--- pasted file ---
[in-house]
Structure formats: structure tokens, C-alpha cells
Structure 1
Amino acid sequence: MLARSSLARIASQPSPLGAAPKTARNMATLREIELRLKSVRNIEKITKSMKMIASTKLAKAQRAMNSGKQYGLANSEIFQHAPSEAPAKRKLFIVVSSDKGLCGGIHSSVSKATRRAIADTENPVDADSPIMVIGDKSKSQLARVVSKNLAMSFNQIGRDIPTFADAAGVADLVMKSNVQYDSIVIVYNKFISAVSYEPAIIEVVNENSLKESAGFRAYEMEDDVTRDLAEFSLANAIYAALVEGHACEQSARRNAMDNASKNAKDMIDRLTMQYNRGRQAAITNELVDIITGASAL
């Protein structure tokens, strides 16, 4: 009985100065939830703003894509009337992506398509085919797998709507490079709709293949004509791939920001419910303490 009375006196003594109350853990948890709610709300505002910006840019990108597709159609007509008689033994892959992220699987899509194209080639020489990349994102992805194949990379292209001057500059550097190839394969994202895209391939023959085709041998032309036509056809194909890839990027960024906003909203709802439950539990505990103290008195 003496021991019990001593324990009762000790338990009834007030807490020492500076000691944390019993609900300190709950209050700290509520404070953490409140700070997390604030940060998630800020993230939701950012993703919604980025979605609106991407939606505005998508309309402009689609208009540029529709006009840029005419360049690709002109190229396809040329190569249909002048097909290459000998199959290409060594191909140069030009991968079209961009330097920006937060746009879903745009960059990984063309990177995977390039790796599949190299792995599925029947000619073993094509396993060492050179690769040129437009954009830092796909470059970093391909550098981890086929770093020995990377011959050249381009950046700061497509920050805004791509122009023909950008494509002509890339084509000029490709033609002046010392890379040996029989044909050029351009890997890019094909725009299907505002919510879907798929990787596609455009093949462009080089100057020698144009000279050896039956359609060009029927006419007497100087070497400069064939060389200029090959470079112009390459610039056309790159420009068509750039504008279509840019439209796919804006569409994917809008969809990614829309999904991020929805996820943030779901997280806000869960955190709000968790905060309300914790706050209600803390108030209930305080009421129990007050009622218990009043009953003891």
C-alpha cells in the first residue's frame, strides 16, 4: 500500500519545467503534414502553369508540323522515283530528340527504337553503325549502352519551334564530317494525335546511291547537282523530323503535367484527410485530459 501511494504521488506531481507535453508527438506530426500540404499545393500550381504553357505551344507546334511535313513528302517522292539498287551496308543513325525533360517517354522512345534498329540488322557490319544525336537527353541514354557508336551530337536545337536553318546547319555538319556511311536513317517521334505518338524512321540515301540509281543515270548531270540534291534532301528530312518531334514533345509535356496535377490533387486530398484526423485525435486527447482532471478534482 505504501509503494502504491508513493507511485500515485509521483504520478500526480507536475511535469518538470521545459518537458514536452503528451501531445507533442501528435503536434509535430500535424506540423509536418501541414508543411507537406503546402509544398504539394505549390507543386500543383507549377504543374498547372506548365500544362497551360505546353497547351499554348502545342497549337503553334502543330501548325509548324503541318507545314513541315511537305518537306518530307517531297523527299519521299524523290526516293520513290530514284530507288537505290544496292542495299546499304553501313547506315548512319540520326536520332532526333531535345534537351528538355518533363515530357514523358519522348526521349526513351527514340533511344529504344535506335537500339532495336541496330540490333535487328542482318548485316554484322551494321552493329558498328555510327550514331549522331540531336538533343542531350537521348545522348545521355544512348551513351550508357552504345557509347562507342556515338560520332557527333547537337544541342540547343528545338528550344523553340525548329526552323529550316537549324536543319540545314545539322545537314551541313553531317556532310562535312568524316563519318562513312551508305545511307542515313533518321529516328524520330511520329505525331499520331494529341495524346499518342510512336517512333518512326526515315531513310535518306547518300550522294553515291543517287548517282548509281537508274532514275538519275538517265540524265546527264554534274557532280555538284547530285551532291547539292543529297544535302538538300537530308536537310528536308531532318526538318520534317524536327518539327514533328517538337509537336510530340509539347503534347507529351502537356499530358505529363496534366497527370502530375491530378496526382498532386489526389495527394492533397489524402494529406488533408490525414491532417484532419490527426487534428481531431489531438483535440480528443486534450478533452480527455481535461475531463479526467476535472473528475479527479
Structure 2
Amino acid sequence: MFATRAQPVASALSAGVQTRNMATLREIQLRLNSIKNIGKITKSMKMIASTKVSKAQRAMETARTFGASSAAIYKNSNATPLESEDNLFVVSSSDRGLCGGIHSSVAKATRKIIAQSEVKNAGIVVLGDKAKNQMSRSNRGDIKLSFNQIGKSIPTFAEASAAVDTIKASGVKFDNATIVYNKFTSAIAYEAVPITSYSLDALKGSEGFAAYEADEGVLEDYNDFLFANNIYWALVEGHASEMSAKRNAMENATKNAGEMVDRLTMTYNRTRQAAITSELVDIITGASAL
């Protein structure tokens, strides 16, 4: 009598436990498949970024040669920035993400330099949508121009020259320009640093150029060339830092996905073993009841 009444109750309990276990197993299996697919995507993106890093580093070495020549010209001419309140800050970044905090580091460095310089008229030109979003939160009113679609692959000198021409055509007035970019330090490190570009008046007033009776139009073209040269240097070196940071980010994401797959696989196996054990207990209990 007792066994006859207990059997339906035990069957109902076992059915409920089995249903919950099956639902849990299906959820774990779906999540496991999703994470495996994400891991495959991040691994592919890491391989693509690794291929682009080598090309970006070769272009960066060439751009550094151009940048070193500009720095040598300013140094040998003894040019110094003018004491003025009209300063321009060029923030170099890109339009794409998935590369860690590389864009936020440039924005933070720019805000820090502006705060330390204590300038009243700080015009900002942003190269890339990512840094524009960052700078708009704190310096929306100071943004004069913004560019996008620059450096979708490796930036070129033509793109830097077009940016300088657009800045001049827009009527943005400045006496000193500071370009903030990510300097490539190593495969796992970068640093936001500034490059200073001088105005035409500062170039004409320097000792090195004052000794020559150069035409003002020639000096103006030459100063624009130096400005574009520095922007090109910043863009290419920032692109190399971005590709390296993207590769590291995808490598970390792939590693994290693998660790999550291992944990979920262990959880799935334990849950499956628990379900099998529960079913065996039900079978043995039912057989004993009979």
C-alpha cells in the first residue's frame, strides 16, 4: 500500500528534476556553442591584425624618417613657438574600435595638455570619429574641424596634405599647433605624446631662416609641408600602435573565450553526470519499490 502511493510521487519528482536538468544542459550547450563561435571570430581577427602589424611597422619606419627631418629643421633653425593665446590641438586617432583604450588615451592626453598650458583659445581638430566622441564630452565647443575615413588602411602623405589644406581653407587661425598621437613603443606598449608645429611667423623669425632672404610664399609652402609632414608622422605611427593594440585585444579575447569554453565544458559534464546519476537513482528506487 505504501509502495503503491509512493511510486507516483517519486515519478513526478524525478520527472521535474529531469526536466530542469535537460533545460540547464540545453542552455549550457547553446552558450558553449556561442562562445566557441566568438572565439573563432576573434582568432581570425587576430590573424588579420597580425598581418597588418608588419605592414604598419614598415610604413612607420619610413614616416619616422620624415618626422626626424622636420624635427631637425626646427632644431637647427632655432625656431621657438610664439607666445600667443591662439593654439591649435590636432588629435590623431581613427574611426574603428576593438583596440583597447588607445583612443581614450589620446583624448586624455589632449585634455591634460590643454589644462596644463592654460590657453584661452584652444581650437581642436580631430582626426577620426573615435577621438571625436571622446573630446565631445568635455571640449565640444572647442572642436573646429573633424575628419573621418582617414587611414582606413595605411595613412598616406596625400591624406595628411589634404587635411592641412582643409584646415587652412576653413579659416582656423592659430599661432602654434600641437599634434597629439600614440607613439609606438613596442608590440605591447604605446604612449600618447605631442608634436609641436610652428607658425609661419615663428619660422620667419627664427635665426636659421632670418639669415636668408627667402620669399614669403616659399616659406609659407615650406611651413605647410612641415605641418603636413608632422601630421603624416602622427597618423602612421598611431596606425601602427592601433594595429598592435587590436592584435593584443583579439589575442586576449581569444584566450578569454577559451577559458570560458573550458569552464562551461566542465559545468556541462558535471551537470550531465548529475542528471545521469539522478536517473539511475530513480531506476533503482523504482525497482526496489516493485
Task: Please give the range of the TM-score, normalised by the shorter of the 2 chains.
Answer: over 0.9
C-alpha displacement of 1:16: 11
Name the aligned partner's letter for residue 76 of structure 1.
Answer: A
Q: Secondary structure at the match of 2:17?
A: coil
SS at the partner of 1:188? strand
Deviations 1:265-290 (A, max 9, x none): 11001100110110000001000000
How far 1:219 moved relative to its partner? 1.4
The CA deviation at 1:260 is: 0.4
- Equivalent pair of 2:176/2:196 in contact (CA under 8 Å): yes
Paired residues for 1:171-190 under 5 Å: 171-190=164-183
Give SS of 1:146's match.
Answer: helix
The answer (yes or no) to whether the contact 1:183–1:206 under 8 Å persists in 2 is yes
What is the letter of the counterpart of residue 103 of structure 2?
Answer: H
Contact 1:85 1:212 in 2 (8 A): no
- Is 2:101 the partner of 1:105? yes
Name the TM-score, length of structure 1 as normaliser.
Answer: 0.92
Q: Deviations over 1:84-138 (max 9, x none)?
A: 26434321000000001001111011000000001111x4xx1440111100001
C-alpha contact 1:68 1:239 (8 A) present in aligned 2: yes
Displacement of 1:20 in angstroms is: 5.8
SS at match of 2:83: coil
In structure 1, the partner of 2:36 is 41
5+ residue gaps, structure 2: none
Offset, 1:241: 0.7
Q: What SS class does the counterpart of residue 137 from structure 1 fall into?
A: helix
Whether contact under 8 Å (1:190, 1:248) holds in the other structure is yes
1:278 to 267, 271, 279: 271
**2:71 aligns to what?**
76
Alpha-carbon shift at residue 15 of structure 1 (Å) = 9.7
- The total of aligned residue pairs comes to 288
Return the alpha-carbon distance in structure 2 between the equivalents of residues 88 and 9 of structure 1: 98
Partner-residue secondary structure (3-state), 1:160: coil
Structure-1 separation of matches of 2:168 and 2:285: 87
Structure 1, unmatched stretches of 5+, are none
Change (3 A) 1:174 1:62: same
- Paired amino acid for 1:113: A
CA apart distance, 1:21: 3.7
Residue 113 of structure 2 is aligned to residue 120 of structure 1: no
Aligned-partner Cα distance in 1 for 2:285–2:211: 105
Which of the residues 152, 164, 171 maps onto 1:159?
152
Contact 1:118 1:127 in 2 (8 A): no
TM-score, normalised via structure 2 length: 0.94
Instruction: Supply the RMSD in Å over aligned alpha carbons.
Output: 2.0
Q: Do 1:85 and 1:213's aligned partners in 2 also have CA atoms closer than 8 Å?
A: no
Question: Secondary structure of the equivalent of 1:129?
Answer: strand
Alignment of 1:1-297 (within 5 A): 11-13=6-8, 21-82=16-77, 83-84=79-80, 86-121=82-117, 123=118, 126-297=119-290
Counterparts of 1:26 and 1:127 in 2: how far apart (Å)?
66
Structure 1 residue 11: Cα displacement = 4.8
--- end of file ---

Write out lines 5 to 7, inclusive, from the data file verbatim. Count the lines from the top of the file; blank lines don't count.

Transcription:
């Protein structure tokens, strides 16, 4: 009985100065939830703003894509009337992506398509085919797998709507490079709709293949004509791939920001419910303490 009375006196003594109350853990948890709610709300505002910006840019990108597709159609007509008689033994892959992220699987899509194209080639020489990349994102992805194949990379292209001057500059550097190839394969994202895209391939023959085709041998032309036509056809194909890839990027960024906003909203709802439950539990505990103290008195 003496021991019990001593324990009762000790338990009834007030807490020492500076000691944390019993609900300190709950209050700290509520404070953490409140700070997390604030940060998630800020993230939701950012993703919604980025979605609106991407939606505005998508309309402009689609208009540029529709006009840029005419360049690709002109190229396809040329190569249909002048097909290459000998199959290409060594191909140069030009991968079209961009330097920006937060746009879903745009960059990984063309990177995977390039790796599949190299792995599925029947000619073993094509396993060492050179690769040129437009954009830092796909470059970093391909550098981890086929770093020995990377011959050249381009950046700061497509920050805004791509122009023909950008494509002509890339084509000029490709033609002046010392890379040996029989044909050029351009890997890019094909725009299907505002919510879907798929990787596609455009093949462009080089100057020698144009000279050896039956359609060009029927006419007497100087070497400069064939060389200029090959470079112009390459610039056309790159420009068509750039504008279509840019439209796919804006569409994917809008969809990614829309999904991020929805996820943030779901997280806000869960955190709000968790905060309300914790706050209600803390108030209930305080009421129990007050009622218990009043009953003891």
C-alpha cells in the first residue's frame, strides 16, 4: 500500500519545467503534414502553369508540323522515283530528340527504337553503325549502352519551334564530317494525335546511291547537282523530323503535367484527410485530459 501511494504521488506531481507535453508527438506530426500540404499545393500550381504553357505551344507546334511535313513528302517522292539498287551496308543513325525533360517517354522512345534498329540488322557490319544525336537527353541514354557508336551530337536545337536553318546547319555538319556511311536513317517521334505518338524512321540515301540509281543515270548531270540534291534532301528530312518531334514533345509535356496535377490533387486530398484526423485525435486527447482532471478534482 505504501509503494502504491508513493507511485500515485509521483504520478500526480507536475511535469518538470521545459518537458514536452503528451501531445507533442501528435503536434509535430500535424506540423509536418501541414508543411507537406503546402509544398504539394505549390507543386500543383507549377504543374498547372506548365500544362497551360505546353497547351499554348502545342497549337503553334502543330501548325509548324503541318507545314513541315511537305518537306518530307517531297523527299519521299524523290526516293520513290530514284530507288537505290544496292542495299546499304553501313547506315548512319540520326536520332532526333531535345534537351528538355518533363515530357514523358519522348526521349526513351527514340533511344529504344535506335537500339532495336541496330540490333535487328542482318548485316554484322551494321552493329558498328555510327550514331549522331540531336538533343542531350537521348545522348545521355544512348551513351550508357552504345557509347562507342556515338560520332557527333547537337544541342540547343528545338528550344523553340525548329526552323529550316537549324536543319540545314545539322545537314551541313553531317556532310562535312568524316563519318562513312551508305545511307542515313533518321529516328524520330511520329505525331499520331494529341495524346499518342510512336517512333518512326526515315531513310535518306547518300550522294553515291543517287548517282548509281537508274532514275538519275538517265540524265546527264554534274557532280555538284547530285551532291547539292543529297544535302538538300537530308536537310528536308531532318526538318520534317524536327518539327514533328517538337509537336510530340509539347503534347507529351502537356499530358505529363496534366497527370502530375491530378496526382498532386489526389495527394492533397489524402494529406488533408490525414491532417484532419490527426487534428481531431489531438483535440480528443486534450478533452480527455481535461475531463479526467476535472473528475479527479
Structure 2